The Good Things Being Ghosted Taught Me

The recent trend about #ghosting has led to many discussions on the Internet. This being the month of A-ghost-o, I thought it good to share my experience on how I moved on from the harrowing experience of being ghosted. 

Redefining ghosting. 

The dictionary definition of ghosting is the practice of ending a personal relationship with someone by suddenly and without explanation withdrawing from all communication. Most of the time, we limit ghosting to just romantic relationships. 

In my experience, ghosting can come from a lot of areas. You can get suddenly cut off by your friends, sometimes you get cut off by your family. Having been ghosted in all three, I learned a thing or two about picking myself up. It was definitely heartbreaking but then I knew I couldn’t keep pitying myself forever.

The pain I felt from being ghosted is there, but that doesn’t mean I can’t learn a thing or two out of it. 

5. Pain demands to be felt. 

When faced with a crisis, my automatic response is flight instead of fight. I would always make excuses for the people that hurt me:  

“They’re probably busy.” 

“They probably have a good reason.” 

“Maybe they’re just tired of me.” 

Later I realized that I was those excuses to deny what I was going through and to deny my feelings. To me, denial was a self-defense mechanism to keep me from feeling the pain. But then running away only numbed the pain, but it didn’t help me move on.

Just because I couldn’t feel the wound doesn’t mean it’s not there.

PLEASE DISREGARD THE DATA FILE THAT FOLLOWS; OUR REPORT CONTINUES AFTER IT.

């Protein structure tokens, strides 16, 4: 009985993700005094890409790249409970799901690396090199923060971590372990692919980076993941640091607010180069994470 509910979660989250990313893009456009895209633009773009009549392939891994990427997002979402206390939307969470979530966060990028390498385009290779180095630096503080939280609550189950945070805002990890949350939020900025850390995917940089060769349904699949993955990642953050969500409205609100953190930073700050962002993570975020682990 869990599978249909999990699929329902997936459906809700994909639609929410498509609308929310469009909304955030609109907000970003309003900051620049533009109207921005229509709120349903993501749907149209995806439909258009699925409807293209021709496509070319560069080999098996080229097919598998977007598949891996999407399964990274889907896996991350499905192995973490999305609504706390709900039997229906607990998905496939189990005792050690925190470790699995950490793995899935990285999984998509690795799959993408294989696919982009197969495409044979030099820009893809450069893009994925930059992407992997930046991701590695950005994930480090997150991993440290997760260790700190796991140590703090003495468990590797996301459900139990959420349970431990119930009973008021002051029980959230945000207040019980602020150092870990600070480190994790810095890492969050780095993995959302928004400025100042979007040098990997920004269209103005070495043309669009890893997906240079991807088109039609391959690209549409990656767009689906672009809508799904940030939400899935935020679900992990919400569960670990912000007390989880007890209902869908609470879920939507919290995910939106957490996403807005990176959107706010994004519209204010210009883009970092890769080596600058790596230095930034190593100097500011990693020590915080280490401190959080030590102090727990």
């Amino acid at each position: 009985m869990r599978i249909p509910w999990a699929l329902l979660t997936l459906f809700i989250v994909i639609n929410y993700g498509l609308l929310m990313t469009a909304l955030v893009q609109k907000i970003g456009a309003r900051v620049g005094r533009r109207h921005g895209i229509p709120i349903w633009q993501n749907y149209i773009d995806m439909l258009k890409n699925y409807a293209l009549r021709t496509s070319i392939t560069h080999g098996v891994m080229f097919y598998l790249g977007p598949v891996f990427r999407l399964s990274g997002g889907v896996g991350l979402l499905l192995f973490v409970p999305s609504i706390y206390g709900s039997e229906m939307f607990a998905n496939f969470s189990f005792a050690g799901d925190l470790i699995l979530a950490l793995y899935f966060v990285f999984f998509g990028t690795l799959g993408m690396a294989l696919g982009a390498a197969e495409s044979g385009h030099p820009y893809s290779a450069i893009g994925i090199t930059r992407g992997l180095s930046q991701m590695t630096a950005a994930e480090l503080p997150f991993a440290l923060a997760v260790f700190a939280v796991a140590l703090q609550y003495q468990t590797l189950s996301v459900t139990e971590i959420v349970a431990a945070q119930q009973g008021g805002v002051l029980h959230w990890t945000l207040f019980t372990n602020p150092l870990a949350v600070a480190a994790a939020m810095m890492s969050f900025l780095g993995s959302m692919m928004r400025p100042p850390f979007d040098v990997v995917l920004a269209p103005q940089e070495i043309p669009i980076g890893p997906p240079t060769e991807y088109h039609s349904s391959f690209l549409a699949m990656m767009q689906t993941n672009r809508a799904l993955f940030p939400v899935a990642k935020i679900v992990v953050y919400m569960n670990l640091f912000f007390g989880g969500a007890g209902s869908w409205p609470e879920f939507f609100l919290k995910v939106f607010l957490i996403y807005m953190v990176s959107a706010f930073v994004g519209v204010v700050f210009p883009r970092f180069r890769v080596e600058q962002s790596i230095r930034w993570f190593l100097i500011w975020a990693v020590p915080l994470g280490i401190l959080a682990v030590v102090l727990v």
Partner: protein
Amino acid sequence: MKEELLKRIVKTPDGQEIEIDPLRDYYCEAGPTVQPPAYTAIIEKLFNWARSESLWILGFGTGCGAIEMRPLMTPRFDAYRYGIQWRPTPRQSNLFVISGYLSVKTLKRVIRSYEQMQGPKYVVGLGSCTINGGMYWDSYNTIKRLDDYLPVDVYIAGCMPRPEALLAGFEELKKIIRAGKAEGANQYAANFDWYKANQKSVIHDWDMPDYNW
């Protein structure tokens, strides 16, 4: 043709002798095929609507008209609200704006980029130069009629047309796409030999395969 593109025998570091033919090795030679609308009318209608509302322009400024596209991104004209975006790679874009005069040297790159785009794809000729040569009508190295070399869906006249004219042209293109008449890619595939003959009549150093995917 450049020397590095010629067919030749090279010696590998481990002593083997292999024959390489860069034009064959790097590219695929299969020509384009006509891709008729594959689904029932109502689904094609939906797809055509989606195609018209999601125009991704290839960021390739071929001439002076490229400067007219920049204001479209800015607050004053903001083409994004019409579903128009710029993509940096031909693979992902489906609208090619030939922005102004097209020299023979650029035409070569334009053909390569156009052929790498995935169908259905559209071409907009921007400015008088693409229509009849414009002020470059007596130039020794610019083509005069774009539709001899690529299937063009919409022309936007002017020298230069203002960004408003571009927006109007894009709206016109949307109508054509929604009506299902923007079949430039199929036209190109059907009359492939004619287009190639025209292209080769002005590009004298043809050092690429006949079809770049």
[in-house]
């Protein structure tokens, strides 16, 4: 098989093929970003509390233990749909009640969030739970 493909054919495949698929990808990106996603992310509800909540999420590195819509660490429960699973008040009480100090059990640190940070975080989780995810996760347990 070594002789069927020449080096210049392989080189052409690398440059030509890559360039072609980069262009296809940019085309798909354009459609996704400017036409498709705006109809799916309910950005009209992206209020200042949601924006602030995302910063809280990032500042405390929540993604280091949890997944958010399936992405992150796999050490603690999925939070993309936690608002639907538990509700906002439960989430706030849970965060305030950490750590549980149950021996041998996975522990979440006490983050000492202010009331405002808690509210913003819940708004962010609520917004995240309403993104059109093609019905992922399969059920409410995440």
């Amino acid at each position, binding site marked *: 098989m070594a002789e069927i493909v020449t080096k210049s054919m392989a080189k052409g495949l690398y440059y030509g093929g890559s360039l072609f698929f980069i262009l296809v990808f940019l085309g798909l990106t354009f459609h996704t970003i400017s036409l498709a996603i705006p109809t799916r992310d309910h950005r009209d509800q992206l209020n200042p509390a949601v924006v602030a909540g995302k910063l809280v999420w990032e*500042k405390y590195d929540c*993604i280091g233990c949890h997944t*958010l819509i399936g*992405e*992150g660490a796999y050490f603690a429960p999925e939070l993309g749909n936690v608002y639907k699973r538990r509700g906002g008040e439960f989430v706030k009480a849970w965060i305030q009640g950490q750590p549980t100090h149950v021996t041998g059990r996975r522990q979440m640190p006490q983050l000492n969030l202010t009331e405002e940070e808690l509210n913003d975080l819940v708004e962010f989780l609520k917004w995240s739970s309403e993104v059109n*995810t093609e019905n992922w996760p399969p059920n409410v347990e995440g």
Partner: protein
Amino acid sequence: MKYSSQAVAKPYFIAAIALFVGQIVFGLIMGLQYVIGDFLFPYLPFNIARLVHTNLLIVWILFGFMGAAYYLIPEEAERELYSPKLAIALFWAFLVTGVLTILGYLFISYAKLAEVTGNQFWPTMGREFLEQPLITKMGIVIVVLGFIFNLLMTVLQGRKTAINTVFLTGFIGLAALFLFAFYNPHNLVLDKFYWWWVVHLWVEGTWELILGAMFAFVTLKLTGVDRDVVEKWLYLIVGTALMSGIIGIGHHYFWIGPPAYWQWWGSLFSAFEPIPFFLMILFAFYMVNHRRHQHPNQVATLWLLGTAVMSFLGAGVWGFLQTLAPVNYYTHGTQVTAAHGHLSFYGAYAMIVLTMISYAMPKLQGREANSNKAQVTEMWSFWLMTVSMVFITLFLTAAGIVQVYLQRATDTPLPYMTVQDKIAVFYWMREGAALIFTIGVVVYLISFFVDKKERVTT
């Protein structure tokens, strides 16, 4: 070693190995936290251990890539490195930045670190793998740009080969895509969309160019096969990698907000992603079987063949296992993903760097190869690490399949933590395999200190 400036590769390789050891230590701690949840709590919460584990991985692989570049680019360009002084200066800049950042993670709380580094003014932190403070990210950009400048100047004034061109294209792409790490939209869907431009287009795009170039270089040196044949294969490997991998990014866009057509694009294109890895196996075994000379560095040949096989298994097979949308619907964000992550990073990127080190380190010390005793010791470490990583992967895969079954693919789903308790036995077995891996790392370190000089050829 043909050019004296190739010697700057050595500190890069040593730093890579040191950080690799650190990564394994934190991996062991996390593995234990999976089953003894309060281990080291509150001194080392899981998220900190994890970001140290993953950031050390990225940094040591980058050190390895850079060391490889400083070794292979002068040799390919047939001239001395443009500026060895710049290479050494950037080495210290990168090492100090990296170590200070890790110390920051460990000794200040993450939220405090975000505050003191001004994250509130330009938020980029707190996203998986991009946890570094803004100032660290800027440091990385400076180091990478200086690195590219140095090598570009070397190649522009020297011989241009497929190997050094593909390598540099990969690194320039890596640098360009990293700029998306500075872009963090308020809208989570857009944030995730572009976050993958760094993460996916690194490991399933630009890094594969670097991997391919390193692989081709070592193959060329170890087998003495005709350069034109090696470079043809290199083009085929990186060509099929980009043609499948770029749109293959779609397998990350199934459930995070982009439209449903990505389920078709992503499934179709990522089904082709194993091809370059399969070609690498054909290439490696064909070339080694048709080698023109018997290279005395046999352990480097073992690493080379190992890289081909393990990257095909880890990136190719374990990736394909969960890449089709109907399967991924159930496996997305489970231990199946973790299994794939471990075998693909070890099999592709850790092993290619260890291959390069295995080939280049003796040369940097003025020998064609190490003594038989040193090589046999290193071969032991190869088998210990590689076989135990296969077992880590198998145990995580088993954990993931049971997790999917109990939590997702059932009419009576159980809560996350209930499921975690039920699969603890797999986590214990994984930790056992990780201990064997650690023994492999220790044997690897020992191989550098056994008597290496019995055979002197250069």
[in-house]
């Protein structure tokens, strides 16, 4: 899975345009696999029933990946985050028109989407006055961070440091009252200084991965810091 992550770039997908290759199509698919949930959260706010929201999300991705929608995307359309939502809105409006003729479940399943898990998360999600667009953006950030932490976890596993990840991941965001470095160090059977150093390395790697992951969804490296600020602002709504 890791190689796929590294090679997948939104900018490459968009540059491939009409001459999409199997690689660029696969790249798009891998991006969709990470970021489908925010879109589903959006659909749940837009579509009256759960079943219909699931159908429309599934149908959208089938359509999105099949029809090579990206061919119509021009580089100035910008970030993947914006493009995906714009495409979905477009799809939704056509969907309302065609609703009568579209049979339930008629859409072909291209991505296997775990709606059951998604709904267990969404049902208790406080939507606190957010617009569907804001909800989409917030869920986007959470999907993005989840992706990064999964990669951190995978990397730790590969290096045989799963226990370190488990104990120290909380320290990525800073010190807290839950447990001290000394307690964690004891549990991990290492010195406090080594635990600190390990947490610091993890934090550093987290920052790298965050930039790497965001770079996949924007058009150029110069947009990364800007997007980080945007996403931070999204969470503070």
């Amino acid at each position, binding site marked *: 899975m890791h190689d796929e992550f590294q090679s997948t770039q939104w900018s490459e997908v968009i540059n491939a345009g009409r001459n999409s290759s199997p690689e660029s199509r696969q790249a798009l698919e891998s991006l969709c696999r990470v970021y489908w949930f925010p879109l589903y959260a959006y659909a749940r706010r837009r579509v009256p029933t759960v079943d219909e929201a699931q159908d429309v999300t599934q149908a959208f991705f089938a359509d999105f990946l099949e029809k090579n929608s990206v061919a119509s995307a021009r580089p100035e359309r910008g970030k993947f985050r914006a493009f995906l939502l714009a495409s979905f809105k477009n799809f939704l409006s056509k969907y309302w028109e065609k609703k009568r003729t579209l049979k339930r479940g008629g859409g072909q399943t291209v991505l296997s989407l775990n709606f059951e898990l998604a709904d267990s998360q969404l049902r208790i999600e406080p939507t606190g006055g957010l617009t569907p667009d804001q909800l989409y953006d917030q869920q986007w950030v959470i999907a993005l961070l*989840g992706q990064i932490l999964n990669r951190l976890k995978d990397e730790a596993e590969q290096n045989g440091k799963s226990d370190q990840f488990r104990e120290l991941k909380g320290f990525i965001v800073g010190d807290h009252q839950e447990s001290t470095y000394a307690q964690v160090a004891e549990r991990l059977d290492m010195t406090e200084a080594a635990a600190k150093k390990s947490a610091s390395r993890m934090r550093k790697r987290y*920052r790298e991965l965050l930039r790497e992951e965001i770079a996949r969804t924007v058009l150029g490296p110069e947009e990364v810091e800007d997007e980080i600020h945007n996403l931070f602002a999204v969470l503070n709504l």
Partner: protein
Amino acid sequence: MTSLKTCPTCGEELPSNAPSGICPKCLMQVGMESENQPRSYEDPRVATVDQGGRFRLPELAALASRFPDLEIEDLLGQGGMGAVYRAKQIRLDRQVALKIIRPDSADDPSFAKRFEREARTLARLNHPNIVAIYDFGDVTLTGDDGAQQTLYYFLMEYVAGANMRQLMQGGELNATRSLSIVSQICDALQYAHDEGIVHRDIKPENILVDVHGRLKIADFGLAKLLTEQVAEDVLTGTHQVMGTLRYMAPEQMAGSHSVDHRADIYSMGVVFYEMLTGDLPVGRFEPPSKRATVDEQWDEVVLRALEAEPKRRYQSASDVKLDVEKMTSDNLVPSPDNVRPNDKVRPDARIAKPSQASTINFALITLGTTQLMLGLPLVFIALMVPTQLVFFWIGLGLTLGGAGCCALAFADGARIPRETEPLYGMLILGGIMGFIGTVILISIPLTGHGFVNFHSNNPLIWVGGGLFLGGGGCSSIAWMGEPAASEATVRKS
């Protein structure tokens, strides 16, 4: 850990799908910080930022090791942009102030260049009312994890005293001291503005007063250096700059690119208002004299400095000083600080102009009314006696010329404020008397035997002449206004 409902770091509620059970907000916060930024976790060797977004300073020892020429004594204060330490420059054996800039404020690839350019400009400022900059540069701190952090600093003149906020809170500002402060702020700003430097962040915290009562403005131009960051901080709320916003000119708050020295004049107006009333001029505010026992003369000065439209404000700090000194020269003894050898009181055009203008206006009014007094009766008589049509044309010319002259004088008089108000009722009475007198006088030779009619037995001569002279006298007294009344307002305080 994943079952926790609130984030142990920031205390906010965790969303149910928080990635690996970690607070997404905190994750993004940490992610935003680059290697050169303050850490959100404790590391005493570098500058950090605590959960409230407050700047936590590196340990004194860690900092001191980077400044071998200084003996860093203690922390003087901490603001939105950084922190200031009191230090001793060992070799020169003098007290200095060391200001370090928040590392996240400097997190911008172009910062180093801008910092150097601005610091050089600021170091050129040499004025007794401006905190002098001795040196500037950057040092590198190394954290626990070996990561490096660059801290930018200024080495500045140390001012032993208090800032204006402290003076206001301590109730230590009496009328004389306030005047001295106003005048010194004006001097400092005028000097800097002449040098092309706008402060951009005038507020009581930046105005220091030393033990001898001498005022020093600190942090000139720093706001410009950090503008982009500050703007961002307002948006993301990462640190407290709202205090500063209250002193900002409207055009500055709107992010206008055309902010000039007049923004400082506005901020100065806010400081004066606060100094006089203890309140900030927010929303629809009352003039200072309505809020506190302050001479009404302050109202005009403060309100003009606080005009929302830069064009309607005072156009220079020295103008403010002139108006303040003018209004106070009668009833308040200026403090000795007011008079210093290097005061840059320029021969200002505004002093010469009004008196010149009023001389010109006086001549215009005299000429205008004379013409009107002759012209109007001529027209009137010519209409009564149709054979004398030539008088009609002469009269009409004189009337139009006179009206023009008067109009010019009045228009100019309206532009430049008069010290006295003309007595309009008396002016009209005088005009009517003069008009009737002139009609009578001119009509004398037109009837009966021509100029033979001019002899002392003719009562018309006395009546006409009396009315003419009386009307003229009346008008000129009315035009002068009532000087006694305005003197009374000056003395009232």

You can’t fix a wound you refuse to see. Let’s say I fell on a bike and bruised my knee. I can go on about my day but unless I take the time to inspect the wound and do some first-aid, I’d just end up limping the whole day. 

I really had to allow myself to be weak. I allowed myself to feel hurt. I let myself cry. I let myself bawl. I let myself look ugly. I let myself feel the pain. Pain is good sometimes. It made me realize that I was hurt because what I lost mattered to me. It also made me realize I was hurt because what happened to me mattered, I mattered

4. It’s not my fault. 

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One of the worse things about rejection is the feeling of being suddenly left in limbo. I ended up frozen, not knowing how to react. If I did react, however, it was a slew of lies running in my head: 

“Maybe I’m not meant to be loved.” 

“It’s me. I just wasn’t good enough.” 

“I probably did something wrong again.” 

Those lies kept me in a cycle of self-hatred and depression. If there’s one thing that took a lot of strength to accept, it’s this: it’s not my fault

Sometimes it’s hard to admit that when the situation we see makes us believe that, but it’s the truth. No matter what happened in the past, I let myself believe that I am still worthy of being loved. 

3. I’m still whole. 

All my #ghosting experiences made me realize that I am the type who craves for approval. I so badly want to be accepted even if it cost me my dignity.